This is genius. In European rugby, for example, there are numerous union competitions. There is the Celtic League, known as the Magners League, competed by clubs in Scotland, Ireland, and Wales. The Guinness Premiership is in England, the Top 14 in France, and the Super 10 in Italy. Yeah you can win the Premiership and think you’re all that but how do you know if you could beat the top team in the Top 14? Along comes the Heineken Cup. Top placed teams from each season go on the next season to compete in the Heineken Cup, a competition that goes on alongside their other league games. So, theoretically, your team could win the Premiership one year and be the best team in England, and also win the Heineken Cup that year and be the best team in Europe. How would that feel? Why not have the boys in the NHL compete against club teams from Sweden, Norway, Czech Republic, etc.? Yeah, the Canadian men can beat the pants off any other team but can the Ottawa Senators (made up of players of multiple nationalities) defeat the Metallurg Magnitogorsk, the top ranked team in the Russian Super League, the second ranked professional hockey league in the world? Put your cards on the table and test your mettle.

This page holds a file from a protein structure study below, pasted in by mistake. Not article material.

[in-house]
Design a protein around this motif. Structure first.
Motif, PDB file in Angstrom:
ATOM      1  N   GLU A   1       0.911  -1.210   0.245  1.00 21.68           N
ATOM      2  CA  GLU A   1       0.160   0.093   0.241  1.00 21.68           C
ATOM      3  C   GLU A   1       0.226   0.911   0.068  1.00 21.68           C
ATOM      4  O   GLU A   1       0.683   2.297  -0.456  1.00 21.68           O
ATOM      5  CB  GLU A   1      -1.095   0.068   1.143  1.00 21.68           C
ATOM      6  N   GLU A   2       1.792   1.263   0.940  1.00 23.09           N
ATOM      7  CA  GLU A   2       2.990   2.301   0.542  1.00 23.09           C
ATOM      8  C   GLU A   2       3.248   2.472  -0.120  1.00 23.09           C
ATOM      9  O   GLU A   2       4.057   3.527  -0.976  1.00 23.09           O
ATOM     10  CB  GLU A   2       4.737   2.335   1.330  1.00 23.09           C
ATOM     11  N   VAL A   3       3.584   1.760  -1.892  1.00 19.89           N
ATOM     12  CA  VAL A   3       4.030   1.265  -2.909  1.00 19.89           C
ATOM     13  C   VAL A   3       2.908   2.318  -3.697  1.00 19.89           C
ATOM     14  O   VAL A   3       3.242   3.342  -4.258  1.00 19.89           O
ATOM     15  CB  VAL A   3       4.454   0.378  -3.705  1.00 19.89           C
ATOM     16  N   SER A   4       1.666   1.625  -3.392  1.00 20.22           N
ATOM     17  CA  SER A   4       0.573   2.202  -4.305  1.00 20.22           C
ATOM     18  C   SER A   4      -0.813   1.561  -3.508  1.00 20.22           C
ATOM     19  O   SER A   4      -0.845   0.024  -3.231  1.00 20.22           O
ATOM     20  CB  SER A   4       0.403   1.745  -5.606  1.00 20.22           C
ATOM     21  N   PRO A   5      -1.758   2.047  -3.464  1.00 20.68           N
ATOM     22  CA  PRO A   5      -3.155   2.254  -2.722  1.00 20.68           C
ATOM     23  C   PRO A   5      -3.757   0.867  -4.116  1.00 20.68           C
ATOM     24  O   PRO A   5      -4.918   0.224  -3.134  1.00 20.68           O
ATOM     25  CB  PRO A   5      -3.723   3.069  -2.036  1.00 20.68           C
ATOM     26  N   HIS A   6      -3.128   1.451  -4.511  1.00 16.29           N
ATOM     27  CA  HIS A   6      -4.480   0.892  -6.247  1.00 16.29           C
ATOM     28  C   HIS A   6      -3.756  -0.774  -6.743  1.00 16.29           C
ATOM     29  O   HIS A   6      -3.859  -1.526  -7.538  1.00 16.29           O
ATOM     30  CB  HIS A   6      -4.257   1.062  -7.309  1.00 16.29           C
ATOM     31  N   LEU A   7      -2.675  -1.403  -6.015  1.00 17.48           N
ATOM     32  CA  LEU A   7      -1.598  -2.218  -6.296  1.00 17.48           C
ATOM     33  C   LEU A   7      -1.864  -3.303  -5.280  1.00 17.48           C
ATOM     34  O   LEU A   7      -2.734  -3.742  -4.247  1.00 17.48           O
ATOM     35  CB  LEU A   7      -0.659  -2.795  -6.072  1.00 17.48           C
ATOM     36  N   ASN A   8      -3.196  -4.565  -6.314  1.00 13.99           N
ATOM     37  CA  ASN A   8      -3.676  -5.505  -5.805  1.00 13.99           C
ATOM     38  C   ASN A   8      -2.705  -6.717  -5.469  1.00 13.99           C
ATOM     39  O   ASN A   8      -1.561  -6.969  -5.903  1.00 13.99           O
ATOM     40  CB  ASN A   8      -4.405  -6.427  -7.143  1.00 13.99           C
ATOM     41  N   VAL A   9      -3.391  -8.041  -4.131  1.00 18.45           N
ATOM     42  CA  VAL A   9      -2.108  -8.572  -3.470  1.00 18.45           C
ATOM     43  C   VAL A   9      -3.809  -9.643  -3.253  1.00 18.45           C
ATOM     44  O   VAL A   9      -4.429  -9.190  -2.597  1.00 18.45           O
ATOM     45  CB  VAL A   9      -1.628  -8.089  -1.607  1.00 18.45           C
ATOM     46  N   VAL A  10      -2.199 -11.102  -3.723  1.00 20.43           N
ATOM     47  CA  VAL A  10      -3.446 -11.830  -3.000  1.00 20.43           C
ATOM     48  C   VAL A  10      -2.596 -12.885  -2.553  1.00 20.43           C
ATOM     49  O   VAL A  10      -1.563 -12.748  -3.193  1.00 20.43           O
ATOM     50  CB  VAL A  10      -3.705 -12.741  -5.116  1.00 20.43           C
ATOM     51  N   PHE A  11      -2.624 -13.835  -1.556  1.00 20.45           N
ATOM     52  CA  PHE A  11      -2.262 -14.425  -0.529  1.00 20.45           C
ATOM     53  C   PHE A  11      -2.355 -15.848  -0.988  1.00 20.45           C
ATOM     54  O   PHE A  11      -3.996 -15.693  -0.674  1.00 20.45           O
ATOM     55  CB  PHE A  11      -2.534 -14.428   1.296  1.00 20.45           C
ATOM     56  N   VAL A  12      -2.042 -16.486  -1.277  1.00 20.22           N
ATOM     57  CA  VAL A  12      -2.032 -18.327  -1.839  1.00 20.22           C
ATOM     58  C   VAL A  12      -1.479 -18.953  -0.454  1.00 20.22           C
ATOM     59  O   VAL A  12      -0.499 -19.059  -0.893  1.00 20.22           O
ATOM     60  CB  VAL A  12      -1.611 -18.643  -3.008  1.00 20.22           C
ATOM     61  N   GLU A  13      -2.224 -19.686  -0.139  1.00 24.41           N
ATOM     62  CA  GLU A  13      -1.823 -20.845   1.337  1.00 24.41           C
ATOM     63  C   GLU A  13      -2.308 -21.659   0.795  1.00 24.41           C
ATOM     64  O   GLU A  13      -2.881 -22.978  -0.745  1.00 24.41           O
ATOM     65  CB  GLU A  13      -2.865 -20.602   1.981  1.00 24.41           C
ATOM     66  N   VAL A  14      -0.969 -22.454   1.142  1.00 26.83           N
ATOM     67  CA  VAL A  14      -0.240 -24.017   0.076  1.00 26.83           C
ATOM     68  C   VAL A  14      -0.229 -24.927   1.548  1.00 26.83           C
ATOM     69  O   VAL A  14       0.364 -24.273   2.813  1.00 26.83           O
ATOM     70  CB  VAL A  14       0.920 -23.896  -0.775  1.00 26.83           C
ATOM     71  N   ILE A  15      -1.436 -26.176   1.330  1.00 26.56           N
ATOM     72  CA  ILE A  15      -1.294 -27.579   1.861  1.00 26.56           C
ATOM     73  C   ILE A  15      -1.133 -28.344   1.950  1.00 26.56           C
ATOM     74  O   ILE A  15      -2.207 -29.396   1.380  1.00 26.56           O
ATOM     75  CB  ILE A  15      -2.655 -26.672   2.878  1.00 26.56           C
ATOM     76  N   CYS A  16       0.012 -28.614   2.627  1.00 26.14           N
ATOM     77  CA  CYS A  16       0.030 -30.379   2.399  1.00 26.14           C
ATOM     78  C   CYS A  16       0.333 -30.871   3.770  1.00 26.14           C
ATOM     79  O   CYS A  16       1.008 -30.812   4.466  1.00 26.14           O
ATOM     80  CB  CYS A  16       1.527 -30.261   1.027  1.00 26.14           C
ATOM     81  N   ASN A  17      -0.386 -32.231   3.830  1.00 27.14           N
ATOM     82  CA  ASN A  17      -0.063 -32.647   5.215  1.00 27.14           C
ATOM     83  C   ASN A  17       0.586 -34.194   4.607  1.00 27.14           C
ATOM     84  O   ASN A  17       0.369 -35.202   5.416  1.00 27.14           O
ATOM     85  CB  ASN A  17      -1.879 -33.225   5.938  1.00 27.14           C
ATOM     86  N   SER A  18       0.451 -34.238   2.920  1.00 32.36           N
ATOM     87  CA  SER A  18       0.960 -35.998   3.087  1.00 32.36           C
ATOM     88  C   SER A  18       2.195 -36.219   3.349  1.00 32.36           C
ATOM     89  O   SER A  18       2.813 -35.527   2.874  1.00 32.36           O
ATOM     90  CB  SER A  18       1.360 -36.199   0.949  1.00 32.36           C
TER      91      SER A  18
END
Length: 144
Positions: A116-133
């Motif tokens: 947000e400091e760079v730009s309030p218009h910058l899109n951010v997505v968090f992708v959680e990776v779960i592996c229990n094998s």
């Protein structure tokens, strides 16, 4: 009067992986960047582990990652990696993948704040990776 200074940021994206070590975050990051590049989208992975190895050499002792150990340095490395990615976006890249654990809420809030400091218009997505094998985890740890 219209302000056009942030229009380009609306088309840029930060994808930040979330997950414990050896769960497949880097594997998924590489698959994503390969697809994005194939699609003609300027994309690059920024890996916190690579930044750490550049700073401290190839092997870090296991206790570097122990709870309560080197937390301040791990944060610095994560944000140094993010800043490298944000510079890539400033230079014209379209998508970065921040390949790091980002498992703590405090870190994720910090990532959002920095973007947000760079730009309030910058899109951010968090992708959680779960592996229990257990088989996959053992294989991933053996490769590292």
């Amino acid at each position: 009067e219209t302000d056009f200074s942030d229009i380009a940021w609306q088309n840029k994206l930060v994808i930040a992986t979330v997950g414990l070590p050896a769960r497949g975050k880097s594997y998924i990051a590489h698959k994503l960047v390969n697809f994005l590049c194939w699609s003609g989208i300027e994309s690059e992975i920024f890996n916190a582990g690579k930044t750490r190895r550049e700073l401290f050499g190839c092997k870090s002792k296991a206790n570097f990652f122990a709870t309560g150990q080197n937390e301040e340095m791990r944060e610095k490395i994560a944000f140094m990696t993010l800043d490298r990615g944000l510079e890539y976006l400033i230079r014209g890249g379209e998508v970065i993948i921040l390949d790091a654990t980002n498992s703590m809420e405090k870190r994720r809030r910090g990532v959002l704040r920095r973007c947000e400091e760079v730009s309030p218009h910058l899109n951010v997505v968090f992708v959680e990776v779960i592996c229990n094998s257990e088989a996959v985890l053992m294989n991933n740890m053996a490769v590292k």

Now, why should the NHL take seriously ideas from some non-North American sports like rugby and soccer? Well, they may not be popular in North America, but that is pretty much the only place. As we all know, the FIFA World Cup of soccer is the most watched sporting competition in the world. 26 billion people watched the 2006 version in Germany. A billion people alone watched the final. That is 1/6 the world’s population. The Rugby World Cup is the 3rd most watched event, after the Olympics. Furthermore, the attendance records for major finals in soccer and rugby annihilate those of the Stanley Cup Final. Average attendance at NHL games runs at 16 500. Average attendance at Super 14 rugby is 24 017. The UEFA Champions League, a soccer competition, gets almost 40 000 people per game. English Premier League brings in an average of 35 000 people. Even the NRL, the National Rugby League in Australia, brings in 17 500 per game. Most important are the Australian figures (Super 14 and NRL). Australia only has 20 million people. Canada has 30 million and the US 300 million for a total market of 330 million people. So 1:20 000 for the NHL, 1:832 and 1:1142 for the Super 14 and NRL respectively. For a sport in the states to have similar fan following to the Super 14 in Australia, the average attendance would have to be 360 000. Something is obviously lacking!